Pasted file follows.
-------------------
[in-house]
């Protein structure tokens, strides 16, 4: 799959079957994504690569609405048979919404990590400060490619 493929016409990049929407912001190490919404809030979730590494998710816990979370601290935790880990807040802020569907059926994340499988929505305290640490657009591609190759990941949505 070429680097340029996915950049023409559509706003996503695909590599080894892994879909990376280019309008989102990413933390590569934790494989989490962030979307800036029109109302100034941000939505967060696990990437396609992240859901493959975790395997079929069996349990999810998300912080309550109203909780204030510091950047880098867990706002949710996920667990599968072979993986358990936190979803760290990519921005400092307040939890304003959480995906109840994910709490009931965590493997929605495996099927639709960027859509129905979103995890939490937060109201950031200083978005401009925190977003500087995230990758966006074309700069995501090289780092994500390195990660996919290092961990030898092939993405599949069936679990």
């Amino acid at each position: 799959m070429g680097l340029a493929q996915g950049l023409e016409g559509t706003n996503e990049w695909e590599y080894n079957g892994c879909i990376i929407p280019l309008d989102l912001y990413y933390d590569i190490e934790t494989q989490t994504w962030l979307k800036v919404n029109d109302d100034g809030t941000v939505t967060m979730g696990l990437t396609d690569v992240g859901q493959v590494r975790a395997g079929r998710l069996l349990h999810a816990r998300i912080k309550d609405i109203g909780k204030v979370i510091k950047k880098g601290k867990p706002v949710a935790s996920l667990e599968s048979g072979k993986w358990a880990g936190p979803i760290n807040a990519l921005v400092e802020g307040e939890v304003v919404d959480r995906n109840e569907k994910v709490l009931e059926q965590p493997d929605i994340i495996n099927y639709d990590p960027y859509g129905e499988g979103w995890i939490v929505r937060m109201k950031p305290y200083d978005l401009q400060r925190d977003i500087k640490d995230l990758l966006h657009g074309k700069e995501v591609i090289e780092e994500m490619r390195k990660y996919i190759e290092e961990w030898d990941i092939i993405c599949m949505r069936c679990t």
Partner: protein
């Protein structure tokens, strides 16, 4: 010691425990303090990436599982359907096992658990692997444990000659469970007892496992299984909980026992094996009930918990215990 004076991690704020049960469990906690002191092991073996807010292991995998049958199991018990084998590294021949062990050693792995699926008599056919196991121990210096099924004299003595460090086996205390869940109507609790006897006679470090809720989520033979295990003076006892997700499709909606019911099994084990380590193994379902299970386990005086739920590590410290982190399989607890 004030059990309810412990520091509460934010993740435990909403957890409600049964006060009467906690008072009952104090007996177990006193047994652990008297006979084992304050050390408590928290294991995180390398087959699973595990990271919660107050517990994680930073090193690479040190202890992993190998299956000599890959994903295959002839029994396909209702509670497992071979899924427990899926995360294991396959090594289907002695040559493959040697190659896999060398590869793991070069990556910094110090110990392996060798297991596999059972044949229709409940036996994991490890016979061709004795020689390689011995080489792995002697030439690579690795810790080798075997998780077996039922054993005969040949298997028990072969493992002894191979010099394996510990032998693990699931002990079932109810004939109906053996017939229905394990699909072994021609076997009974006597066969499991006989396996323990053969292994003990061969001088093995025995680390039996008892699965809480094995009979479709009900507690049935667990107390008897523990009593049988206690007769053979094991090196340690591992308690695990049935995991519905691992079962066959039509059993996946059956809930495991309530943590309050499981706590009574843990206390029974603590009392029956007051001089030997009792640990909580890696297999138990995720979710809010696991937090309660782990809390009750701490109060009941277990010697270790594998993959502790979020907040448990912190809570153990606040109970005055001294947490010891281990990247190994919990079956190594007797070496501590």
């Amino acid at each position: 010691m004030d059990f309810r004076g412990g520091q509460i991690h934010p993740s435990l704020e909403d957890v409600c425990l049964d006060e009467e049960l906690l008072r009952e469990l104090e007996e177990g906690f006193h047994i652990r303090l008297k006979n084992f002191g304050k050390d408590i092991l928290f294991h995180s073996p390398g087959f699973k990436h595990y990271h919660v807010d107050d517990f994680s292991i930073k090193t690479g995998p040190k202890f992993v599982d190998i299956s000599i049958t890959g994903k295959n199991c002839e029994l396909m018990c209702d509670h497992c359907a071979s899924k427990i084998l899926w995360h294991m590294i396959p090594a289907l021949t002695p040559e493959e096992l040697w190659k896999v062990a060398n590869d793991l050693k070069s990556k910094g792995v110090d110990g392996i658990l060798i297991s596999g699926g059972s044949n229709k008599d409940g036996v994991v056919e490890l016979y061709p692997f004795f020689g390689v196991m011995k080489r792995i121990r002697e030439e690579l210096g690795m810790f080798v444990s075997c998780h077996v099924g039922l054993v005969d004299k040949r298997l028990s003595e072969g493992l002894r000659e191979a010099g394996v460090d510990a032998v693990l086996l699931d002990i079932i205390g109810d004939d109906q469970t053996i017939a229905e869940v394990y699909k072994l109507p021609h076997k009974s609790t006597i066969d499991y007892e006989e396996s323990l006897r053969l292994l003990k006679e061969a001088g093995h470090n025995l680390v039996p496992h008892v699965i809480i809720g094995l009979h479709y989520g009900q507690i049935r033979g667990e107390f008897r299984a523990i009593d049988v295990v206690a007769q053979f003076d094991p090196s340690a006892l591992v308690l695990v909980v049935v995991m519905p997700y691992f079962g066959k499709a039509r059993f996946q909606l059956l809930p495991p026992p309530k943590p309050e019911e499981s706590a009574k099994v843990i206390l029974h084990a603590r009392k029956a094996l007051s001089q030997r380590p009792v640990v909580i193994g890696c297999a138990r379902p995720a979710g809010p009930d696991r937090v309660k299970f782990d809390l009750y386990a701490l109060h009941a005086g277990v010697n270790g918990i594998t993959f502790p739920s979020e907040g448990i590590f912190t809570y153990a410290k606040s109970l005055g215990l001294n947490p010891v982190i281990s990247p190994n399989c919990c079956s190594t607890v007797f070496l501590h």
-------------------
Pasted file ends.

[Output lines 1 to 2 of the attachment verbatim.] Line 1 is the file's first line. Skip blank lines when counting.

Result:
[in-house]
């Protein structure tokens, strides 16, 4: 799959079957994504690569609405048979919404990590400060490619 493929016409990049929407912001190490919404809030979730590494998710816990979370601290935790880990807040802020569907059926994340499988929505305290640490657009591609190759990941949505 070429680097340029996915950049023409559509706003996503695909590599080894892994879909990376280019309008989102990413933390590569934790494989989490962030979307800036029109109302100034941000939505967060696990990437396609992240859901493959975790395997079929069996349990999810998300912080309550109203909780204030510091950047880098867990706002949710996920667990599968072979993986358990936190979803760290990519921005400092307040939890304003959480995906109840994910709490009931965590493997929605495996099927639709960027859509129905979103995890939490937060109201950031200083978005401009925190977003500087995230990758966006074309700069995501090289780092994500390195990660996919290092961990030898092939993405599949069936679990």